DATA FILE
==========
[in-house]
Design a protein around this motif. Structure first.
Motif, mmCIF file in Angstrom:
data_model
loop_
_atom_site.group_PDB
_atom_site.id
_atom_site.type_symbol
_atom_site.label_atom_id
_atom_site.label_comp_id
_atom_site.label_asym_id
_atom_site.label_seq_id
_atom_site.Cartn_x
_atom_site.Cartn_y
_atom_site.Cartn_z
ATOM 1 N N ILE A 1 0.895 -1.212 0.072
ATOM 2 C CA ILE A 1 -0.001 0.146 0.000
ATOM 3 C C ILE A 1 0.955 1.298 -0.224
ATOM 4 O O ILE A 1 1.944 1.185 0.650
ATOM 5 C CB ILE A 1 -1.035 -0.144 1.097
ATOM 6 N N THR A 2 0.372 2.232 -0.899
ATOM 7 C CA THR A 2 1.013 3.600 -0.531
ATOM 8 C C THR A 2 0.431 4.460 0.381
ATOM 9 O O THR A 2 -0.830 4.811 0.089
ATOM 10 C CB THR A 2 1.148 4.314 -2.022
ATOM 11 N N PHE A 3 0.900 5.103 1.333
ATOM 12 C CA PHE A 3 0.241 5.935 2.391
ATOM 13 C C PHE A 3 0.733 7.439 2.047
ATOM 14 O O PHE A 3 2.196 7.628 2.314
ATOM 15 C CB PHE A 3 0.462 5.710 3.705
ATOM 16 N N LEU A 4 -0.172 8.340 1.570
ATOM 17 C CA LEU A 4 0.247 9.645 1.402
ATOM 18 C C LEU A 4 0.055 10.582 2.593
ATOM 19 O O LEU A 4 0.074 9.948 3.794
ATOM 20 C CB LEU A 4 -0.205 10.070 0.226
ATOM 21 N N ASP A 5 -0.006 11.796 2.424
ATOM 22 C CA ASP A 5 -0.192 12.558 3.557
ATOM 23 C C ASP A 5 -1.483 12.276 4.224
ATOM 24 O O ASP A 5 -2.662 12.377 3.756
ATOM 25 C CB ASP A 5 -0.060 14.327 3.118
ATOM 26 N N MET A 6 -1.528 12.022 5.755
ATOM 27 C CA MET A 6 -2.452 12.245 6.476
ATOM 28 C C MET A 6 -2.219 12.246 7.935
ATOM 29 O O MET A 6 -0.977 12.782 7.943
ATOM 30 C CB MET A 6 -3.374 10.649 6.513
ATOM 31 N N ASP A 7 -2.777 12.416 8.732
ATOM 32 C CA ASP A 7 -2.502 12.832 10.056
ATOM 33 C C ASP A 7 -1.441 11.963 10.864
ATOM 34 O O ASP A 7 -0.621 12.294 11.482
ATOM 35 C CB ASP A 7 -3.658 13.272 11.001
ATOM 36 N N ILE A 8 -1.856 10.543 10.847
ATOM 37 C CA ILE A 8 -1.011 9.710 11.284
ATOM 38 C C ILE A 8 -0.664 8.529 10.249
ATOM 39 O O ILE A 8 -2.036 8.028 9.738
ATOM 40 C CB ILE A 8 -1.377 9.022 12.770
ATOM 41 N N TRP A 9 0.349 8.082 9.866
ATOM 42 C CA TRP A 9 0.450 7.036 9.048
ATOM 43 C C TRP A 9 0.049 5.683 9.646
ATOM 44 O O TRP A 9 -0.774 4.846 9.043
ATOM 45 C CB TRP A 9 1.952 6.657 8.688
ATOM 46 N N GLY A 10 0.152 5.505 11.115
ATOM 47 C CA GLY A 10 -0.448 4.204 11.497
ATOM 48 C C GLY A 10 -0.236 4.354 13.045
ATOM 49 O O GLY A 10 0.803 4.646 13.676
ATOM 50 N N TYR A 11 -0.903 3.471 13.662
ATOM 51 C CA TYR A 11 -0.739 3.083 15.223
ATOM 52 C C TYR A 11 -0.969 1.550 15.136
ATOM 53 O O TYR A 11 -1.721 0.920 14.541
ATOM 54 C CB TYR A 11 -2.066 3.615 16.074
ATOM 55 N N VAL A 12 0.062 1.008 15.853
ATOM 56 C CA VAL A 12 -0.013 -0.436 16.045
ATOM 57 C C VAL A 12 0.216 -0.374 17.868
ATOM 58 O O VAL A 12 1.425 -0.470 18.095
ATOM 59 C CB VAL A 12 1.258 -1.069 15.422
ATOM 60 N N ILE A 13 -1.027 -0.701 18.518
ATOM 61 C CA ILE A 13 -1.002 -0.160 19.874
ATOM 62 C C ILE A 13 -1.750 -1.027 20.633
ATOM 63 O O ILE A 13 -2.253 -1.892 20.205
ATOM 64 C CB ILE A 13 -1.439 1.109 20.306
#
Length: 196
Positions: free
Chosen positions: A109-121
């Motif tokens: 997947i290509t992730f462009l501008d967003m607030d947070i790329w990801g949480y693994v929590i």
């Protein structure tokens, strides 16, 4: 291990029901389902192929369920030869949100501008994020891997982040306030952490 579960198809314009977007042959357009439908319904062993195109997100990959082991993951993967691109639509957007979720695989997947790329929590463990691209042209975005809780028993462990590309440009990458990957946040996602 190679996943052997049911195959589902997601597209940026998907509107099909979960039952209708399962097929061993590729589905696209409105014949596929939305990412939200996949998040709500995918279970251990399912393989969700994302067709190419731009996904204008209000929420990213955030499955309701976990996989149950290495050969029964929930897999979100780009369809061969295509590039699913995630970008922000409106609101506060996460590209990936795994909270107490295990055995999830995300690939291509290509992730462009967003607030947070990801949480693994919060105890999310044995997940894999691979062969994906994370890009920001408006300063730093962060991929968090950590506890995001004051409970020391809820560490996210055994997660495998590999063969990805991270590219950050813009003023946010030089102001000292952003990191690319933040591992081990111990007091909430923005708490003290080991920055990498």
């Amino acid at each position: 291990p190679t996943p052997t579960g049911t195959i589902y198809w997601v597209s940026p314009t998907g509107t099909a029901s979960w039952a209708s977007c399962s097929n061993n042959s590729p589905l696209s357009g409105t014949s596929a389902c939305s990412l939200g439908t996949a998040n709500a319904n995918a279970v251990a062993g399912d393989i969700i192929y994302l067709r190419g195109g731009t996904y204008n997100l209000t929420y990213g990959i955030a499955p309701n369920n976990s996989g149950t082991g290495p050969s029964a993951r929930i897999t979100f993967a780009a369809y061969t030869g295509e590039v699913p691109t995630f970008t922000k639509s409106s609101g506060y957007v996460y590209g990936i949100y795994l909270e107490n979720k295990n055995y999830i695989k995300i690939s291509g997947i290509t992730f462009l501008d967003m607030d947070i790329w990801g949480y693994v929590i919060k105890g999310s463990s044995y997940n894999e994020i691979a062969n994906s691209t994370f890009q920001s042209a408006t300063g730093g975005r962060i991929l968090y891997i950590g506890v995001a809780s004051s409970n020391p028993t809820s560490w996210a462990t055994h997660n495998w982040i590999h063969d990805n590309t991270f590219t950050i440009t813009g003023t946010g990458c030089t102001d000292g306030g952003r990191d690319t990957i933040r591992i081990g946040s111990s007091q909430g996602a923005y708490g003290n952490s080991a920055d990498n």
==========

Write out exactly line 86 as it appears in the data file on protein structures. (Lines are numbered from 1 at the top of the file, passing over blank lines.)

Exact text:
């Amino acid at each position: 291990p190679t996943p052997t579960g049911t195959i589902y198809w997601v597209s940026p314009t998907g509107t099909a029901s979960w039952a209708s977007c399962s097929n061993n042959s590729p589905l696209s357009g409105t014949s596929a389902c939305s990412l939200g439908t996949a998040n709500a319904n995918a279970v251990a062993g399912d393989i969700i192929y994302l067709r190419g195109g731009t996904y204008n997100l209000t929420y990213g990959i955030a499955p309701n369920n976990s996989g149950t082991g290495p050969s029964a993951r929930i897999t979100f993967a780009a369809y061969t030869g295509e590039v699913p691109t995630f970008t922000k639509s409106s609101g506060y957007v996460y590209g990936i949100y795994l909270e107490n979720k295990n055995y999830i695989k995300i690939s291509g997947i290509t992730f462009l501008d967003m607030d947070i790329w990801g949480y693994v929590i919060k105890g999310s463990s044995y997940n894999e994020i691979a062969n994906s691209t994370f890009q920001s042209a408006t300063g730093g975005r962060i991929l968090y891997i950590g506890v995001a809780s004051s409970n020391p028993t809820s560490w996210a462990t055994h997660n495998w982040i590999h063969d990805n590309t991270f590219t950050i440009t813009g003023t946010g990458c030089t102001d000292g306030g952003r990191d690319t990957i933040r591992i081990g946040s111990s007091q909430g996602a923005y708490g003290n952490s080991a920055d990498n």